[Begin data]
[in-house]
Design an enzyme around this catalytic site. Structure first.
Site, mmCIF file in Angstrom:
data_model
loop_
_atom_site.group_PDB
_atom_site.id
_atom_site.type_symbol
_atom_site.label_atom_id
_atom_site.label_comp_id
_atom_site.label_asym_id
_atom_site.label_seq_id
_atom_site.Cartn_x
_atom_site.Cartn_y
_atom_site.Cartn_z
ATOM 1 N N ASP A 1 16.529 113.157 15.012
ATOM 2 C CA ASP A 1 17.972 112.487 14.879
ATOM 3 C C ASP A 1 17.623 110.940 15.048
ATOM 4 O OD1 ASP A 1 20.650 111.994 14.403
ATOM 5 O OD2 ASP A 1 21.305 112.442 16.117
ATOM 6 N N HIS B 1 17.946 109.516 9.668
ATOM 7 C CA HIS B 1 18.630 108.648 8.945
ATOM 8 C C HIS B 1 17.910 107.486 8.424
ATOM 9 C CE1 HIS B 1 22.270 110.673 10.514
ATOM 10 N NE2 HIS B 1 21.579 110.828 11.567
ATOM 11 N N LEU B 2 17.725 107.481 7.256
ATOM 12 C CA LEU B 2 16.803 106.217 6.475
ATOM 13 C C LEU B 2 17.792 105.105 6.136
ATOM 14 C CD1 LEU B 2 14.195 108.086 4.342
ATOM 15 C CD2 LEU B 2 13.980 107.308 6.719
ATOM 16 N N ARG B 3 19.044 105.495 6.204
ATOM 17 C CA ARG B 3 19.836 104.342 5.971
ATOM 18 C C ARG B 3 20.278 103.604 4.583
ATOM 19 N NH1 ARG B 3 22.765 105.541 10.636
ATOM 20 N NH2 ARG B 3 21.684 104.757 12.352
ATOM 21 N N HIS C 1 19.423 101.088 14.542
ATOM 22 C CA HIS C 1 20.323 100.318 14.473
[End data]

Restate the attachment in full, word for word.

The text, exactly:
[in-house]
Design an enzyme around this catalytic site. Structure first.
Site, mmCIF file in Angstrom:
data_model
loop_
_atom_site.group_PDB
_atom_site.id
_atom_site.type_symbol
_atom_site.label_atom_id
_atom_site.label_comp_id
_atom_site.label_asym_id
_atom_site.label_seq_id
_atom_site.Cartn_x
_atom_site.Cartn_y
_atom_site.Cartn_z
ATOM 1 N N ASP A 1 16.529 113.157 15.012
ATOM 2 C CA ASP A 1 17.972 112.487 14.879
ATOM 3 C C ASP A 1 17.623 110.940 15.048
ATOM 4 O OD1 ASP A 1 20.650 111.994 14.403
ATOM 5 O OD2 ASP A 1 21.305 112.442 16.117
ATOM 6 N N HIS B 1 17.946 109.516 9.668
ATOM 7 C CA HIS B 1 18.630 108.648 8.945
ATOM 8 C C HIS B 1 17.910 107.486 8.424
ATOM 9 C CE1 HIS B 1 22.270 110.673 10.514
ATOM 10 N NE2 HIS B 1 21.579 110.828 11.567
ATOM 11 N N LEU B 2 17.725 107.481 7.256
ATOM 12 C CA LEU B 2 16.803 106.217 6.475
ATOM 13 C C LEU B 2 17.792 105.105 6.136
ATOM 14 C CD1 LEU B 2 14.195 108.086 4.342
ATOM 15 C CD2 LEU B 2 13.980 107.308 6.719
ATOM 16 N N ARG B 3 19.044 105.495 6.204
ATOM 17 C CA ARG B 3 19.836 104.342 5.971
ATOM 18 C C ARG B 3 20.278 103.604 4.583
ATOM 19 N NH1 ARG B 3 22.765 105.541 10.636
ATOM 20 N NH2 ARG B 3 21.684 104.757 12.352
ATOM 21 N N HIS C 1 19.423 101.088 14.542
ATOM 22 C CA HIS C 1 20.323 100.318 14.473